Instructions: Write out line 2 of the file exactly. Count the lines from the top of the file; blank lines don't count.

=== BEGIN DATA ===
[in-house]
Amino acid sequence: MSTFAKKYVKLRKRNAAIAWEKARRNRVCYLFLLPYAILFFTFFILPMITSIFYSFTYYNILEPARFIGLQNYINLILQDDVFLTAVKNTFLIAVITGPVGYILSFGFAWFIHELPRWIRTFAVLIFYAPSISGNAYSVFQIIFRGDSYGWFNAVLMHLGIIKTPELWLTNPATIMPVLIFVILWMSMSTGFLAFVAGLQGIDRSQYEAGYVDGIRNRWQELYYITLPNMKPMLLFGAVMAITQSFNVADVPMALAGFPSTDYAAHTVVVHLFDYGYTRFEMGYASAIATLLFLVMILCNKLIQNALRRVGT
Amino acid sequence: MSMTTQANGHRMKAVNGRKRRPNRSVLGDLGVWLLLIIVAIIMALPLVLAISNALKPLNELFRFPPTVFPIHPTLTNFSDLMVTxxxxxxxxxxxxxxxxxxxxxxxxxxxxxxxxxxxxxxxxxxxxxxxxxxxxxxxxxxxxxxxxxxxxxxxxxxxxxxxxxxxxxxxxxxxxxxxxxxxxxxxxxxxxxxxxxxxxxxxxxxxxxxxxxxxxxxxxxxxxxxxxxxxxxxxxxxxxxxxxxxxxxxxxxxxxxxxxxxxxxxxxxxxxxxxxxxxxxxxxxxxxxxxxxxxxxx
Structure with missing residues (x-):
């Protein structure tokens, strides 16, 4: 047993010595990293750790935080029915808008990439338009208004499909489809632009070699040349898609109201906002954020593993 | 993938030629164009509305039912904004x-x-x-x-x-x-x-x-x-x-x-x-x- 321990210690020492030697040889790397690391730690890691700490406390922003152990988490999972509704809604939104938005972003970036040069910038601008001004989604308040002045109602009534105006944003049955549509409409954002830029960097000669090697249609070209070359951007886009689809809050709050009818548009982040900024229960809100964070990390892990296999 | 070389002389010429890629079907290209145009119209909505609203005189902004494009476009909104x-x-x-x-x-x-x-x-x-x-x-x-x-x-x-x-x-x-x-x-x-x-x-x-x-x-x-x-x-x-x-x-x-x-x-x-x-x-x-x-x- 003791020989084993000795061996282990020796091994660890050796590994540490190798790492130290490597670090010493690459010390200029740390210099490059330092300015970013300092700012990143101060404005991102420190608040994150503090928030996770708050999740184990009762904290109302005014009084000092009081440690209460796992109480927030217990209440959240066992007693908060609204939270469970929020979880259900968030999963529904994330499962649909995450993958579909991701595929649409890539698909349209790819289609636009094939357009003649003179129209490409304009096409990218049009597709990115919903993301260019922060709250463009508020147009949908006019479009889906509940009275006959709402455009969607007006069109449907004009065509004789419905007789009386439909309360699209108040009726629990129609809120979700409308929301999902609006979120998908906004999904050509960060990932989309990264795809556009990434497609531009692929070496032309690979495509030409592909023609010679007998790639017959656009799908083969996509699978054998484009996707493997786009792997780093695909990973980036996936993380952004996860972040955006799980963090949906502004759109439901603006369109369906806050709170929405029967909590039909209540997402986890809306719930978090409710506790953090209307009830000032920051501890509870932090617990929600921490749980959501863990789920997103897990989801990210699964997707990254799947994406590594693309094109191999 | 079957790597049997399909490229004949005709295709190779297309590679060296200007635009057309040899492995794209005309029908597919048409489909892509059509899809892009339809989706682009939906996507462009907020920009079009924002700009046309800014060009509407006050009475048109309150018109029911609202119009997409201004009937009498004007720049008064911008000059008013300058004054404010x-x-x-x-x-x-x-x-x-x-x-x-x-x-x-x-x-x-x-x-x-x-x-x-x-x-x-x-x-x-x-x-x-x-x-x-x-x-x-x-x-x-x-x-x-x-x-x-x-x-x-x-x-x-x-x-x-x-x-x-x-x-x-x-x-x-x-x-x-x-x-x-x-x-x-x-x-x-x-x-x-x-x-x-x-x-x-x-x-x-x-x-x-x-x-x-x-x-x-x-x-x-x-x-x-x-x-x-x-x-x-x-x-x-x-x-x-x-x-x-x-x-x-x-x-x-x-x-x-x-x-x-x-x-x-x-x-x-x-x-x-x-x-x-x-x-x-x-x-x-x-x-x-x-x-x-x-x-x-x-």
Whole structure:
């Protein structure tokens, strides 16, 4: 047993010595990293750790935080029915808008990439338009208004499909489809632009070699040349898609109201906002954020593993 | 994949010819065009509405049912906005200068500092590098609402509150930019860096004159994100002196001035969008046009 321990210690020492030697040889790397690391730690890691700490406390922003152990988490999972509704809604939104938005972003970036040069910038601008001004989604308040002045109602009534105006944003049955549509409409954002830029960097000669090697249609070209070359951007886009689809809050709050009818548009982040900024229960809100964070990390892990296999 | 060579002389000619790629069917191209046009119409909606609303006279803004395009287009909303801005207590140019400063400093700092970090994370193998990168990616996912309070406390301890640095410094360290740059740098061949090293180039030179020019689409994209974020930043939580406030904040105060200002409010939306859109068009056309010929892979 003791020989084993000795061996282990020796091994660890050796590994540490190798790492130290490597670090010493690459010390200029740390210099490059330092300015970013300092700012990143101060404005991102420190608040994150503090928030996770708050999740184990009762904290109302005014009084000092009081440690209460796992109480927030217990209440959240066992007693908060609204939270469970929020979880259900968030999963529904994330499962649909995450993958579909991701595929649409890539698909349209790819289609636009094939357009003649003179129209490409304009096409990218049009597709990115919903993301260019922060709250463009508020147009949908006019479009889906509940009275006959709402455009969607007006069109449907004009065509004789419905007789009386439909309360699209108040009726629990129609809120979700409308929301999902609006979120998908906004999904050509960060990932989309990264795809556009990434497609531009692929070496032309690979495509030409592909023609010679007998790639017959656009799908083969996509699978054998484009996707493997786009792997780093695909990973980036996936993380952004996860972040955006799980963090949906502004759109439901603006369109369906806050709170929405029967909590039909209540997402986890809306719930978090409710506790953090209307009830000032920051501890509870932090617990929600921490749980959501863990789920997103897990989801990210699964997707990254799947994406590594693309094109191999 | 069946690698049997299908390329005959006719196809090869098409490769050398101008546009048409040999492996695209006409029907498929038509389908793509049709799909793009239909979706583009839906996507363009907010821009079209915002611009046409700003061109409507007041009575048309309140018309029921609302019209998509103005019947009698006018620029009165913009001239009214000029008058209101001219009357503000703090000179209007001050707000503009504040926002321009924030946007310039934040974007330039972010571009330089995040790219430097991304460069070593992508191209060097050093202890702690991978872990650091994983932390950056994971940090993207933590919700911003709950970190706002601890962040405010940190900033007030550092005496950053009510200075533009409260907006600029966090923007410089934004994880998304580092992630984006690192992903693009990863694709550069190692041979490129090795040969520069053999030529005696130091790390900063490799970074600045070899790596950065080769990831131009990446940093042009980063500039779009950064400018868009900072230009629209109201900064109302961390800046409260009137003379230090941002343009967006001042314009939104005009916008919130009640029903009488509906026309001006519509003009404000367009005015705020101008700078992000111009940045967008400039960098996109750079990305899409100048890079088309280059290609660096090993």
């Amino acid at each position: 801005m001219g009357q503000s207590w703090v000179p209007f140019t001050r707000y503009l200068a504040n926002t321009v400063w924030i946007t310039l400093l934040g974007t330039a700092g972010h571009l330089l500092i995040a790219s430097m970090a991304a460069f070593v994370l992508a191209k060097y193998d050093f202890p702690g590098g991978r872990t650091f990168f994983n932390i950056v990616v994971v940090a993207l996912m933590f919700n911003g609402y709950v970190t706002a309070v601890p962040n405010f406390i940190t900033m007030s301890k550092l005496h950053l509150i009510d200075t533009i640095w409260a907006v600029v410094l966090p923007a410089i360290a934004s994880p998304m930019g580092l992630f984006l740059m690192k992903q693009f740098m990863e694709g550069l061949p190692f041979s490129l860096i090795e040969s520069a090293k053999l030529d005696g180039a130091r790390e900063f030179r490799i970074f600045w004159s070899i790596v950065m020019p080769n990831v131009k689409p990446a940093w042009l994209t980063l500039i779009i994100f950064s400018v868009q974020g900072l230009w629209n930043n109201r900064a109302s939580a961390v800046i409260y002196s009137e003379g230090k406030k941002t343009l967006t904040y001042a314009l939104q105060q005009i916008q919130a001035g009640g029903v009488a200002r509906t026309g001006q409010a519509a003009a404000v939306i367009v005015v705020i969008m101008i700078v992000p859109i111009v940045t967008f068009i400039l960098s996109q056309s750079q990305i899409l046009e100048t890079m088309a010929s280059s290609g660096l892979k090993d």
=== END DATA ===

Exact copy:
Amino acid sequence: MSTFAKKYVKLRKRNAAIAWEKARRNRVCYLFLLPYAILFFTFFILPMITSIFYSFTYYNILEPARFIGLQNYINLILQDDVFLTAVKNTFLIAVITGPVGYILSFGFAWFIHELPRWIRTFAVLIFYAPSISGNAYSVFQIIFRGDSYGWFNAVLMHLGIIKTPELWLTNPATIMPVLIFVILWMSMSTGFLAFVAGLQGIDRSQYEAGYVDGIRNRWQELYYITLPNMKPMLLFGAVMAITQSFNVADVPMALAGFPSTDYAAHTVVVHLFDYGYTRFEMGYASAIATLLFLVMILCNKLIQNALRRVGT